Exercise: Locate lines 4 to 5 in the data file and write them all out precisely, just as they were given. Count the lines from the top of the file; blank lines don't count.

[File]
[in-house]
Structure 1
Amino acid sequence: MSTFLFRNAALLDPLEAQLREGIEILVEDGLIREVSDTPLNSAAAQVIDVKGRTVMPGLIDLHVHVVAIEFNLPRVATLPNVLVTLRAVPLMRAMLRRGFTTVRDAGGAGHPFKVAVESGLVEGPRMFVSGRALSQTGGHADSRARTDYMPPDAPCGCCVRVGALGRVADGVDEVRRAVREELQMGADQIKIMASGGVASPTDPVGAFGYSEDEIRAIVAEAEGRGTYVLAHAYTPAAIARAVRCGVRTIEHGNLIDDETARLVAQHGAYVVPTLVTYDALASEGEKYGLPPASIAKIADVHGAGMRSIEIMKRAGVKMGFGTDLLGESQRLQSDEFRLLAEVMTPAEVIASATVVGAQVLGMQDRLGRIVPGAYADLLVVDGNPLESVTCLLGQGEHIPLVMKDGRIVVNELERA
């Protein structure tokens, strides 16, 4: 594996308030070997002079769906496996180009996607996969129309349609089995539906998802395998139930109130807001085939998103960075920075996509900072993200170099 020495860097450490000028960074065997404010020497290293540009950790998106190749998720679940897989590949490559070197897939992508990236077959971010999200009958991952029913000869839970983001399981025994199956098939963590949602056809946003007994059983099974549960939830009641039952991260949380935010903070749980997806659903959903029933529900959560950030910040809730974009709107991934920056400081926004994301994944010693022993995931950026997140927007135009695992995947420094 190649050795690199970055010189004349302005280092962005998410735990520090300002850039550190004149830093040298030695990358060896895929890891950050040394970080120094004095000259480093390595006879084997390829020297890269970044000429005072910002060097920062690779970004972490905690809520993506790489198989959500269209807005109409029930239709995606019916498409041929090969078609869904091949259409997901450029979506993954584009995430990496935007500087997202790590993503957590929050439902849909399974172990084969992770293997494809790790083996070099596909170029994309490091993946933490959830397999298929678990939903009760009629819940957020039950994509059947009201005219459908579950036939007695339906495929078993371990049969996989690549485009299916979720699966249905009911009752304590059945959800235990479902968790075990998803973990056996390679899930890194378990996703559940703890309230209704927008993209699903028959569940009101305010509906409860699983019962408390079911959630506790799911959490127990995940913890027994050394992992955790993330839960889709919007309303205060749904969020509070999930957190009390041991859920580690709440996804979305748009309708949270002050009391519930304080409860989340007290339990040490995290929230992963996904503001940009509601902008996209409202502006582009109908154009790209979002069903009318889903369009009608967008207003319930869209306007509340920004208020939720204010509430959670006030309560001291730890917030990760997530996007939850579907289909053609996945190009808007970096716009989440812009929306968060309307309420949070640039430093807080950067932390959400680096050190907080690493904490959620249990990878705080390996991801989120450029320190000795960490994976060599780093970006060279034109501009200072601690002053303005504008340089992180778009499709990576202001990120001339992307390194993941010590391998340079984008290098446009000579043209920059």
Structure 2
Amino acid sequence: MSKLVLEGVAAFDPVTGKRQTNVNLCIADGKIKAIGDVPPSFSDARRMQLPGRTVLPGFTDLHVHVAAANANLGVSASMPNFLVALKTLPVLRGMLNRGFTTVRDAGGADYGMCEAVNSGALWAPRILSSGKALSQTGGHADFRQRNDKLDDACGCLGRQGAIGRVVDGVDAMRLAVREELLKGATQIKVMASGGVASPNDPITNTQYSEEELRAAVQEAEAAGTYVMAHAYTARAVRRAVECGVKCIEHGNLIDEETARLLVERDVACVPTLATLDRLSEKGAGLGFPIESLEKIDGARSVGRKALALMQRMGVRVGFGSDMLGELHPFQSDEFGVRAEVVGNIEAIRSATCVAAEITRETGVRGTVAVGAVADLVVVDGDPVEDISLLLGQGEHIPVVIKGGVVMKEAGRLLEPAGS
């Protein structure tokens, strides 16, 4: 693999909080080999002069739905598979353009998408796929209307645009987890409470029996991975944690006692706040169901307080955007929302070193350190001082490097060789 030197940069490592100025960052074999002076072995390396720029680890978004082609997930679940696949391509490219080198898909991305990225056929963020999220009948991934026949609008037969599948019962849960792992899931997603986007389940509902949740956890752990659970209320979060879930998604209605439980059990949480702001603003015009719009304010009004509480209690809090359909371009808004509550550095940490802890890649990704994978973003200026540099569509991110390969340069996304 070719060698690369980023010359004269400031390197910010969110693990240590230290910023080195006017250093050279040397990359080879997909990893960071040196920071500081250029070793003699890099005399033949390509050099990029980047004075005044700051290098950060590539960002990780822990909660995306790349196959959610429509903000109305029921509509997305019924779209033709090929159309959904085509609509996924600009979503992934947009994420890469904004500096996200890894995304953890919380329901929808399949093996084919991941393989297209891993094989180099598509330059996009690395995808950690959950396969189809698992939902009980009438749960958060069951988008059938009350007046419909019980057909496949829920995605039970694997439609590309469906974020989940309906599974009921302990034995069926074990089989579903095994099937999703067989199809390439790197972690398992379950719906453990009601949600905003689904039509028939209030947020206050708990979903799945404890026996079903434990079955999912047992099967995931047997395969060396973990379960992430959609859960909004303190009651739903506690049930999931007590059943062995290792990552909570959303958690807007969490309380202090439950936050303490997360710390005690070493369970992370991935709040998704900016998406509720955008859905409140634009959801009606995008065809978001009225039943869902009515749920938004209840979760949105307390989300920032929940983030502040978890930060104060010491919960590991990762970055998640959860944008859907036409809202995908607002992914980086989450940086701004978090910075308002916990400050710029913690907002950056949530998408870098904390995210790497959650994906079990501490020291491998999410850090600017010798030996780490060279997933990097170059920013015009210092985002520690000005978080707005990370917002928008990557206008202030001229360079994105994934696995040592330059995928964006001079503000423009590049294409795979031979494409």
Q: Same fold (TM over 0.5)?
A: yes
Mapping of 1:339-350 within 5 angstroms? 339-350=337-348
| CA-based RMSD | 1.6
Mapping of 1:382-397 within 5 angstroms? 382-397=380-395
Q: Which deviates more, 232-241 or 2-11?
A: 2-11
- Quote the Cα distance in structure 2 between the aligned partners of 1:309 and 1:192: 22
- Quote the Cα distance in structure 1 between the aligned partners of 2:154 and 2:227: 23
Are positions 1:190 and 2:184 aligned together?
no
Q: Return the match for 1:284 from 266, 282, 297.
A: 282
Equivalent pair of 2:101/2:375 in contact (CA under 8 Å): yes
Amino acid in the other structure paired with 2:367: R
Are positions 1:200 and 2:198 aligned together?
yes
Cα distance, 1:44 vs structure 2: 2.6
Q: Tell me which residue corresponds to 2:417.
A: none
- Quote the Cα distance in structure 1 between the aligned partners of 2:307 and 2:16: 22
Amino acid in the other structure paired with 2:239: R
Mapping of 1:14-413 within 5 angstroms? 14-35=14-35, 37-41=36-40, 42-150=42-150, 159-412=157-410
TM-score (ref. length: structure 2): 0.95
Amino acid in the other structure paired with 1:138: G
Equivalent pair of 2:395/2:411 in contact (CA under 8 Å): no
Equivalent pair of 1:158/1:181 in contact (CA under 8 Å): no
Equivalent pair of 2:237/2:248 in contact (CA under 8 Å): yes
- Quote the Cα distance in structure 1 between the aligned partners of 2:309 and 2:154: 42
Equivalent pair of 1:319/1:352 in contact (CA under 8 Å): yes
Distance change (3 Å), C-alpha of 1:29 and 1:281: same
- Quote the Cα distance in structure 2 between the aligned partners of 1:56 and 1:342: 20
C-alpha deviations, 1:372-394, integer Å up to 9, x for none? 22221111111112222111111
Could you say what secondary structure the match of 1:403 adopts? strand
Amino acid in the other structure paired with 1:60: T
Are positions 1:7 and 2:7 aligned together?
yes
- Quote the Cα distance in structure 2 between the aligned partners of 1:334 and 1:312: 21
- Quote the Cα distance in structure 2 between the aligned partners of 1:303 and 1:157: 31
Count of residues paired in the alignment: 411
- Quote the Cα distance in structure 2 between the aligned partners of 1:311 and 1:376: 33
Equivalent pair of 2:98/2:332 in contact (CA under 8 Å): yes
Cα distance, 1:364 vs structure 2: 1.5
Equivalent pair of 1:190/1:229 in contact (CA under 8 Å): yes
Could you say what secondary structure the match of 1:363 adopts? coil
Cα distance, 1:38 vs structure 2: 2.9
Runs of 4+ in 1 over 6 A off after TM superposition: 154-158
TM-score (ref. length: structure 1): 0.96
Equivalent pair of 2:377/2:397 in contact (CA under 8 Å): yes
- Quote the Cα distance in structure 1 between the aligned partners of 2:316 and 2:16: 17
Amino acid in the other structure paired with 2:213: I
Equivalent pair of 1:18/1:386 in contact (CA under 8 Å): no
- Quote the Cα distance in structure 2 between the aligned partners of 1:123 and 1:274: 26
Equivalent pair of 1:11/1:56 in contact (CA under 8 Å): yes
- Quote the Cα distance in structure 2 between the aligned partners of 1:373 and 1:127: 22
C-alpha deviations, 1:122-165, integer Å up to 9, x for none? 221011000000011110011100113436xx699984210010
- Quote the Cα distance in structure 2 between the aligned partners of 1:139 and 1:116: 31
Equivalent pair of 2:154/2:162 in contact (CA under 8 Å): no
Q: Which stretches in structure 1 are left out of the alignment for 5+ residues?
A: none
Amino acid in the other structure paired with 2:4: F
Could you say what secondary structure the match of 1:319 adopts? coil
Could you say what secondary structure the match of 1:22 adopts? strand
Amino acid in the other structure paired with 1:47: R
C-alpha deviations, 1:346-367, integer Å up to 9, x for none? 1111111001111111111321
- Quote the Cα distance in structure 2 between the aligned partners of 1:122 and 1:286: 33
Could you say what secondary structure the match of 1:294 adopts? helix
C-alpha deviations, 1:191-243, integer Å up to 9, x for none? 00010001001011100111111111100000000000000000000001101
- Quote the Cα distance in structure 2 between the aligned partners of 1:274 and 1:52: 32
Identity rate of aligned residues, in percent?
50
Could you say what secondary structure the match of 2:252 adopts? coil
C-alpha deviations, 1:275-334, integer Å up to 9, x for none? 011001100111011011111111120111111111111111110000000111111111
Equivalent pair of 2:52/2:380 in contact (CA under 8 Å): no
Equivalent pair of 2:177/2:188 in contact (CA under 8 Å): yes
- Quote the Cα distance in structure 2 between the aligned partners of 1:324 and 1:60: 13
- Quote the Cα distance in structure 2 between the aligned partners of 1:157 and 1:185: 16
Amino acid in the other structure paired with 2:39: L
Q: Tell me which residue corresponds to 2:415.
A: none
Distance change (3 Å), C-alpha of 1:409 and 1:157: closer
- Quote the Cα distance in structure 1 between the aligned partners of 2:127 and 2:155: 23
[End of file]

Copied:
């Protein structure tokens, strides 16, 4: 594996308030070997002079769906496996180009996607996969129309349609089995539906998802395998139930109130807001085939998103960075920075996509900072993200170099 020495860097450490000028960074065997404010020497290293540009950790998106190749998720679940897989590949490559070197897939992508990236077959971010999200009958991952029913000869839970983001399981025994199956098939963590949602056809946003007994059983099974549960939830009641039952991260949380935010903070749980997806659903959903029933529900959560950030910040809730974009709107991934920056400081926004994301994944010693022993995931950026997140927007135009695992995947420094 190649050795690199970055010189004349302005280092962005998410735990520090300002850039550190004149830093040298030695990358060896895929890891950050040394970080120094004095000259480093390595006879084997390829020297890269970044000429005072910002060097920062690779970004972490905690809520993506790489198989959500269209807005109409029930239709995606019916498409041929090969078609869904091949259409997901450029979506993954584009995430990496935007500087997202790590993503957590929050439902849909399974172990084969992770293997494809790790083996070099596909170029994309490091993946933490959830397999298929678990939903009760009629819940957020039950994509059947009201005219459908579950036939007695339906495929078993371990049969996989690549485009299916979720699966249905009911009752304590059945959800235990479902968790075990998803973990056996390679899930890194378990996703559940703890309230209704927008993209699903028959569940009101305010509906409860699983019962408390079911959630506790799911959490127990995940913890027994050394992992955790993330839960889709919007309303205060749904969020509070999930957190009390041991859920580690709440996804979305748009309708949270002050009391519930304080409860989340007290339990040490995290929230992963996904503001940009509601902008996209409202502006582009109908154009790209979002069903009318889903369009009608967008207003319930869209306007509340920004208020939720204010509430959670006030309560001291730890917030990760997530996007939850579907289909053609996945190009808007970096716009989440812009929306968060309307309420949070640039430093807080950067932390959400680096050190907080690493904490959620249990990878705080390996991801989120450029320190000795960490994976060599780093970006060279034109501009200072601690002053303005504008340089992180778009499709990576202001990120001339992307390194993941010590391998340079984008290098446009000579043209920059």
Structure 2